Title: To Kill a Kingdom
Author: Alexandra Christo
Genre: Young Adult, Fantasy, High Fantasy, Romance, Retelling
Publisher: Feiwel Friends
Publication date: March 6th, 2018
Princess Lira is siren royalty and the most lethal of them all. With the hearts of seventeen princes in her collection, she is revered across the sea. Until a twist of fate forces her to kill one of her own. To punish her daughter, the Sea Queen transforms Lira into the one thing they loathe most—a human. Robbed of her song, Lira has until the winter solstice to deliver Prince Elian’s heart to the Sea Queen or remain a human forever.
The ocean is the only place Prince Elian calls home, even though he is heir to the most powerful kingdom in the world. Hunting sirens is more than an unsavory hobby—it’s his calling. When he rescues a drowning woman in the ocean, she’s more than what she appears. She promises to help him find the key to destroying all of sirenkind for good—But can he trust her? And just how many deals will Elian have to barter to eliminate mankind’s greatest enemy?
“Could it really be such a bad thing, to become a story whispered to children in the dead of night? A song they sing to one another while they play.”
This book was simply amazing. I admit I went with pretty high expectations, not only because this was one of my most anticipated releases of this year and a retelling of The Little Mermaid, but also because lately it’s been a very hyped book and everyone’s been talking really great things about it.
I tried to read as less things about it as possible, so I could be neutral and form my own opinion, but I have to say To Kill a Kingdom is so worth the hype. Yes, it had its tropes that we all are well aware of, but I think the author did such an amazing job at creating that story and characters that I feel I didn’t notice those that much.
“Hearts are power, and if there’s one thing my kind craves more than the ocean, it’s power.”
I absolutely loved the cast of characters that this novel had. Lira was such an awesome and strong main character that I thoroughly enjoyed reading from her perspective. She had some elements about the original mermaid in her, but at the same time the author created her own character, and it was so cool to learn about sirens and about her life.
I also really enjoyed how neither of those main characters overpowered each other. The book was told in two points of views, Lira and the prince, Elian. And because they were both very strong and powerful characters at first I was a bit scared one would take much importance in the story than the other, but after finishing it I feel that didn’t happen. They complimented each other so well, and I absolutely loved the romance part of the story.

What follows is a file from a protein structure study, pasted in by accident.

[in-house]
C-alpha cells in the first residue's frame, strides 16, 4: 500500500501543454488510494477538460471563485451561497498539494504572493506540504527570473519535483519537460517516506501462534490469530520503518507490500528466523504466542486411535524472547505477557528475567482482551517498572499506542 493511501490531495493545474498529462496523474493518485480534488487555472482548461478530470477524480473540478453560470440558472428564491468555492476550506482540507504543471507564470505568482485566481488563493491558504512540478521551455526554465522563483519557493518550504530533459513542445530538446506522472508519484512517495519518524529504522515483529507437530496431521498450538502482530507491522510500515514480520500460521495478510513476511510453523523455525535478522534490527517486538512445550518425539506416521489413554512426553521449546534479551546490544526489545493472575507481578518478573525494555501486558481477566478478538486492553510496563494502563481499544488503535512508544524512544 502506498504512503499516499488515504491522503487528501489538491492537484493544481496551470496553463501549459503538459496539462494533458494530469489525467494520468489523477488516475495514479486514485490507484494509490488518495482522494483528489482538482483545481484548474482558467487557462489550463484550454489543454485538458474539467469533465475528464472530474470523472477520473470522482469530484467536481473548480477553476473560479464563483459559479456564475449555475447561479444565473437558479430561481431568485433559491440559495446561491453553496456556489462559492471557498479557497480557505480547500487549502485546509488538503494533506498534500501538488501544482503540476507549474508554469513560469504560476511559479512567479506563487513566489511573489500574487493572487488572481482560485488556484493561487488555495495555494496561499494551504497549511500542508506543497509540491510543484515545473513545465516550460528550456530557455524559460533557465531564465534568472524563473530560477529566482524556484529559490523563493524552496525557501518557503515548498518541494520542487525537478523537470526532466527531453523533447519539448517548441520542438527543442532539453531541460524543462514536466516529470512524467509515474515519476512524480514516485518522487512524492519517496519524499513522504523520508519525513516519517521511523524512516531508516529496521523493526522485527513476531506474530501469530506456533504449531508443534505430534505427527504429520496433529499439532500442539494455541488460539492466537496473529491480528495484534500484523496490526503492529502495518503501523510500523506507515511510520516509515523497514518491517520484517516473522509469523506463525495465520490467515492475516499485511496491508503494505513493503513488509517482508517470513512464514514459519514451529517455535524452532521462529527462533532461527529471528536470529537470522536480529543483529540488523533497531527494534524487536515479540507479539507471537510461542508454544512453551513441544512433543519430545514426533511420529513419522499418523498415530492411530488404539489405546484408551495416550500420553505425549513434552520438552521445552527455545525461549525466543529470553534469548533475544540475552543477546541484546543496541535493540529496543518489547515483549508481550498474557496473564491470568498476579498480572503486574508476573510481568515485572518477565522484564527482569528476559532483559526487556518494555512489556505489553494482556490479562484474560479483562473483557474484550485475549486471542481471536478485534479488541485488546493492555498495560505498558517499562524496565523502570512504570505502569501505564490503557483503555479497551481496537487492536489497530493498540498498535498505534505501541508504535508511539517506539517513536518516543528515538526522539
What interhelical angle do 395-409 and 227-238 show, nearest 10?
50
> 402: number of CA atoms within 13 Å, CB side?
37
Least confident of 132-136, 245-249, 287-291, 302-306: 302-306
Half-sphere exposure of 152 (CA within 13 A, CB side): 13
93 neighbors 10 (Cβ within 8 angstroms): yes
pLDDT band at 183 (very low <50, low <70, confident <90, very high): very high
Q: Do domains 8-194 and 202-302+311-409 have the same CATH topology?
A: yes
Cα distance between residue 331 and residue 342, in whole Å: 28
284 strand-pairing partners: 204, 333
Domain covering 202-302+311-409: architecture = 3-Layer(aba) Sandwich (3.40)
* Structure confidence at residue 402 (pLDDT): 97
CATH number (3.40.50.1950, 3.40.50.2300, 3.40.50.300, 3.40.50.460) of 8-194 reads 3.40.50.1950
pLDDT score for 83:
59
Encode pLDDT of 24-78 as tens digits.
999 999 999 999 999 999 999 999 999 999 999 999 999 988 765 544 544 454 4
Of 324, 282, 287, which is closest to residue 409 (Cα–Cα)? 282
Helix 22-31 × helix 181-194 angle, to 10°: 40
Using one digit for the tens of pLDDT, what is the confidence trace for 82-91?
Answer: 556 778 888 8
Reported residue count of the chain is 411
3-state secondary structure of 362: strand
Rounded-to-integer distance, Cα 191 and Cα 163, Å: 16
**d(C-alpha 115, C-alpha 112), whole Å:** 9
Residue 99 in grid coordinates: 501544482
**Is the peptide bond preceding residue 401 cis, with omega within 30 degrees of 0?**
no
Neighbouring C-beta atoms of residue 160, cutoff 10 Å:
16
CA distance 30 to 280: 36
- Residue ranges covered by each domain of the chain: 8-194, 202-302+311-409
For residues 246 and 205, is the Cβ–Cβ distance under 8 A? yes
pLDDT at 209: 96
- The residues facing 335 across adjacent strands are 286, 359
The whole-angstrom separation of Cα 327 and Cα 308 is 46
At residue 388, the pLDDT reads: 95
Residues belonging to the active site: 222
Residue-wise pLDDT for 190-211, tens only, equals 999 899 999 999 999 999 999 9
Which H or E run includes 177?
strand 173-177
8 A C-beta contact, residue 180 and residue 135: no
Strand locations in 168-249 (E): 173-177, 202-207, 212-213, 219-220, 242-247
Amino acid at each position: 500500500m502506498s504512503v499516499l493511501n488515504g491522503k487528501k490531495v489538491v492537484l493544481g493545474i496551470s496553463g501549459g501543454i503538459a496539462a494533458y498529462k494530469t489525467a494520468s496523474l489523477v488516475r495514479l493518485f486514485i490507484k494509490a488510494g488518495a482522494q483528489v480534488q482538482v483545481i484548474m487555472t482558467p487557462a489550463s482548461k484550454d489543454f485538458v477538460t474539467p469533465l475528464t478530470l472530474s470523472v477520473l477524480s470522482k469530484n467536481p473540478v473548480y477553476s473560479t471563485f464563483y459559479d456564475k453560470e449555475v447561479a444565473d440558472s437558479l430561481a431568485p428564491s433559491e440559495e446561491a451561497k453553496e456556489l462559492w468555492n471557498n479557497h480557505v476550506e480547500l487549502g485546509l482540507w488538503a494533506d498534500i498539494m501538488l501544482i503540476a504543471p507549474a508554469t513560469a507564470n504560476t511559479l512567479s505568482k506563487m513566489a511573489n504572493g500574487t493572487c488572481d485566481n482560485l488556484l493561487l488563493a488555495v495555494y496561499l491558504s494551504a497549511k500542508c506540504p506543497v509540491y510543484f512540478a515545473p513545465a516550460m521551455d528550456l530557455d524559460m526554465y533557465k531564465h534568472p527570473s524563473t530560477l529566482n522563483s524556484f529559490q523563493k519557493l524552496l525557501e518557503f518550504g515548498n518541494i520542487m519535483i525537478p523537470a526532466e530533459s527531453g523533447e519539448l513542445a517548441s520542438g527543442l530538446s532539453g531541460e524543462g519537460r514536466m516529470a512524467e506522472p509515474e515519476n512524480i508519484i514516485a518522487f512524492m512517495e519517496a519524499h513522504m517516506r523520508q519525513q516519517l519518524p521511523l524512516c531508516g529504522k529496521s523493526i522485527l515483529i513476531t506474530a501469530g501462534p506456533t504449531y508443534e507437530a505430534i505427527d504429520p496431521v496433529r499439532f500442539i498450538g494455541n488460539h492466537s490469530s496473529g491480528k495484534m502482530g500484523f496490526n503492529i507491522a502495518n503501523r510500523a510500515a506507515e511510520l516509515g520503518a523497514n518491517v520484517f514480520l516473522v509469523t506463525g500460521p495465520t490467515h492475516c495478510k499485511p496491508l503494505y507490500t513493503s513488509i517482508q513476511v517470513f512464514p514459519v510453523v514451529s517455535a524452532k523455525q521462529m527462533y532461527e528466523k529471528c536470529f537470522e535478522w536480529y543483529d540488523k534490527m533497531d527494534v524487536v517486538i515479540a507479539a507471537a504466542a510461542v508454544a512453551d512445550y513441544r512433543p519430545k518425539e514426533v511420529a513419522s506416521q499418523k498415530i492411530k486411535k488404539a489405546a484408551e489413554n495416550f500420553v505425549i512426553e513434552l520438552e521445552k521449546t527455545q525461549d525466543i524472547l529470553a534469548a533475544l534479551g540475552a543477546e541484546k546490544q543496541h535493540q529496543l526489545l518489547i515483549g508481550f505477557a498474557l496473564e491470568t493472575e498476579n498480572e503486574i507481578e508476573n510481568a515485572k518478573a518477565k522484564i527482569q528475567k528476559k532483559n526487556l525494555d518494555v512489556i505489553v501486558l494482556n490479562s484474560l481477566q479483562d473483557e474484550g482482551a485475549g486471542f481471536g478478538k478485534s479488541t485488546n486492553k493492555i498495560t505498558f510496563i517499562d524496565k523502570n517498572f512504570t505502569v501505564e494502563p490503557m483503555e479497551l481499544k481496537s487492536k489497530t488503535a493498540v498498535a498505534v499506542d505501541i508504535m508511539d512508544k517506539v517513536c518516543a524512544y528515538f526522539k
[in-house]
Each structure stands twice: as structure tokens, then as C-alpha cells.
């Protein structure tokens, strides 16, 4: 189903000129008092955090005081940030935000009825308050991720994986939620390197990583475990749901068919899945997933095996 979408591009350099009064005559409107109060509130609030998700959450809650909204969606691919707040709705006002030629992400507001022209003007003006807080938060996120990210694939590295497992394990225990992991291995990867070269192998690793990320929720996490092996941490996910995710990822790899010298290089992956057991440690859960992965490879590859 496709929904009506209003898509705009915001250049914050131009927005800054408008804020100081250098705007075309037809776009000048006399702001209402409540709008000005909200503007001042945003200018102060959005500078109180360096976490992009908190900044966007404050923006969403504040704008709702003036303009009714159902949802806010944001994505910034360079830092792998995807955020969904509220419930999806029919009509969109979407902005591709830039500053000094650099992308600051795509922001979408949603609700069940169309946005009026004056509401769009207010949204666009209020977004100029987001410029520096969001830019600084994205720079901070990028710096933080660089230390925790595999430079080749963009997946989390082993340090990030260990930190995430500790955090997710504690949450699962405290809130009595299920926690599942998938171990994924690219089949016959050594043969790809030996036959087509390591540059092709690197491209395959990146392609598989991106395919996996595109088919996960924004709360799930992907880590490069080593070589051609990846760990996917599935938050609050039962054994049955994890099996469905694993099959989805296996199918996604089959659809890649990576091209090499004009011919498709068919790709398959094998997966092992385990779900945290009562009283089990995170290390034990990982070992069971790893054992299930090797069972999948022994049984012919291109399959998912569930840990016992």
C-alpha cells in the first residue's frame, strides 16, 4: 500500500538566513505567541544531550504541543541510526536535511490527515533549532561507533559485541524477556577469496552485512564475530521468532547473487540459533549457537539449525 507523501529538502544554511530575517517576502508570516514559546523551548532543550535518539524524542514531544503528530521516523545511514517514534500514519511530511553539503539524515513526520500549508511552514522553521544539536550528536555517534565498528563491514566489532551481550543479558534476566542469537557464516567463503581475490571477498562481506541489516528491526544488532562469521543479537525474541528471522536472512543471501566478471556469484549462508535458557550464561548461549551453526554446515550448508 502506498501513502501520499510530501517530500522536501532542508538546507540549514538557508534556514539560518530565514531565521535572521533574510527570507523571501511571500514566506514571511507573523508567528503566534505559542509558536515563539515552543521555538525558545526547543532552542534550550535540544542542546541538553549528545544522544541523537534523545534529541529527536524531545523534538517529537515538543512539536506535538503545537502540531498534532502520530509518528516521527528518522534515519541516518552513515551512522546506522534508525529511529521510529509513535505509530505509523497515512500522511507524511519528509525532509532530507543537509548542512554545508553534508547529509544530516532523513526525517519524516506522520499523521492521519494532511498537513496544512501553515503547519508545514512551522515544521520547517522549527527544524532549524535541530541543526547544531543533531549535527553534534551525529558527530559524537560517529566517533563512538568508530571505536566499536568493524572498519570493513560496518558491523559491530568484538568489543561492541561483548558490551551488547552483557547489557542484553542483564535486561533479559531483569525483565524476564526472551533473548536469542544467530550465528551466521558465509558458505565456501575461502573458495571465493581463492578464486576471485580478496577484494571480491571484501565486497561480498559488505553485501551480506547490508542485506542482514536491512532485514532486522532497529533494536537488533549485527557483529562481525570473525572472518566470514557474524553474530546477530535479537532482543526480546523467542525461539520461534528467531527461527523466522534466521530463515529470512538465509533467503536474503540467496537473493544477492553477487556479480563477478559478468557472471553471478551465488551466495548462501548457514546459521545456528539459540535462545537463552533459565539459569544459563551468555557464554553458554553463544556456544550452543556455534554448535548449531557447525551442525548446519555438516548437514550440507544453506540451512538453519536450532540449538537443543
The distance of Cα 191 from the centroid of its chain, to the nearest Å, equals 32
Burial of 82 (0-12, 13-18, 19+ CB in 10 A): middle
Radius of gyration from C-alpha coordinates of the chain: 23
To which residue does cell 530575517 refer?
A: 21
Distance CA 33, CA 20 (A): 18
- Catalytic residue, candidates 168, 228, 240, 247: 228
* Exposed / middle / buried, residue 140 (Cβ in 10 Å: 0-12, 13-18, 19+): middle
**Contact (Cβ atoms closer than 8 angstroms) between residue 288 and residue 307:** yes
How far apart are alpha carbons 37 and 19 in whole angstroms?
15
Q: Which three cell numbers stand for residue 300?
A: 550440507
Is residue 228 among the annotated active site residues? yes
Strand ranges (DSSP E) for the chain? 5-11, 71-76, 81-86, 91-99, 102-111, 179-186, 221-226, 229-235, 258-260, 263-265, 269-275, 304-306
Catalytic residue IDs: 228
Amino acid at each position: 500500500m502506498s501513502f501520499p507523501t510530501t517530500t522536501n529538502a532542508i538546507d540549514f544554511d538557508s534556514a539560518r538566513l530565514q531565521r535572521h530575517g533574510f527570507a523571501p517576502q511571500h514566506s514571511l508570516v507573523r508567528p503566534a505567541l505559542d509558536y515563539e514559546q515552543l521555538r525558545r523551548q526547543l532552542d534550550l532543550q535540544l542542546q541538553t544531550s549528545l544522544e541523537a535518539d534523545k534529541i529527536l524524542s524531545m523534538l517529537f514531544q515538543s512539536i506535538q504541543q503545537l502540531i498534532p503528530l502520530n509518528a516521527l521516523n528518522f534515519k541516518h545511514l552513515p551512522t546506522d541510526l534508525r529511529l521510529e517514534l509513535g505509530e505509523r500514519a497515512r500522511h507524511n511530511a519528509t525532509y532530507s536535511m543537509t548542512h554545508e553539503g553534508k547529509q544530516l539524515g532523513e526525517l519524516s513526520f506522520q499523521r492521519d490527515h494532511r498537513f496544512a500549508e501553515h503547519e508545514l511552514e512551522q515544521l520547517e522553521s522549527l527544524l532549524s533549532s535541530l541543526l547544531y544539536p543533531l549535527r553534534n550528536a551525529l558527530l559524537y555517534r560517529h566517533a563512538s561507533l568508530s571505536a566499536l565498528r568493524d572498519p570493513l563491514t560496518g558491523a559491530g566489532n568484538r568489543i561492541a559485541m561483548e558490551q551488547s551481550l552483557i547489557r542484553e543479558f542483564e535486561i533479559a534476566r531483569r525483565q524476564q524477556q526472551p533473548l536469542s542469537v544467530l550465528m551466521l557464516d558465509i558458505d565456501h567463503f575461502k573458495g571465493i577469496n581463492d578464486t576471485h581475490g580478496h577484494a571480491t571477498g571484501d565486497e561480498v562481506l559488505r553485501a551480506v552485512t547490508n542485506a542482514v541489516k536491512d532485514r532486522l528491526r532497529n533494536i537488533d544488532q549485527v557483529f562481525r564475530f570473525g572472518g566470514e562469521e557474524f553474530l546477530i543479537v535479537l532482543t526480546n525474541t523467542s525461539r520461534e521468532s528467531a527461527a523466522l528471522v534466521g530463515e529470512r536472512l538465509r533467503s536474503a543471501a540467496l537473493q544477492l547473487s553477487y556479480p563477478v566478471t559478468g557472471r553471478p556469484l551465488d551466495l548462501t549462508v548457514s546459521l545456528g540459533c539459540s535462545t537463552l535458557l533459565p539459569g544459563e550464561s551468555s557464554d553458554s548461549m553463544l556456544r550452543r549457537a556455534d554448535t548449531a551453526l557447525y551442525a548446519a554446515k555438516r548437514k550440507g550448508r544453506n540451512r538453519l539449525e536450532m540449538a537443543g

Now I’m a sucker for a Little Mermaid retelling, because not only mermaids (or sirens in this case) are one of my favorite creatures, but also because the original story had a well done, angsty romance and this novel definitely had that type of relationship, which was surprisingly incredible and right up my alley. I just freaking adored the slow burning romance. It didn’t happen too fast, and it wasn’t the main focus of the story.
“Two kingdoms that come with responsibilities we each have trouble bearing. Him, the shackles of being pinned to one land and one life. Me trapped in the confines of my mother’s murderous legacy. And the ocean, calling out to us both. A song of freedom and longing.”
I must say at first it was a bit slow and the action and plot took a bit to finally start to develop, but as I continued reading I found the story started to get better and better. The world was also pretty interesting, and I just wish to know more about it, because even though the author didn’t do a bad job with her world building, it was still a standalone, and though I learnt some things about it, there were many more that I missed.
The novel also had a lot of twists and turns, and it kept me at the edge of my seat. Even though it wasn’t exactly fast paced because it was pretty descriptive sometimes, I flew through it, maybe because I was enjoying it that much, but mostly because I wanted to know what would happened next. I loved how the author showed some elements of the original fairytale in To Kill a Kingdom, but still managed to create a whole new story.
Overall, I highly recommend this book if you’re into retellings or sirens in general. It was an amazing story, and though the beginning was more on the slower side, it built up and it got even better as you went through.
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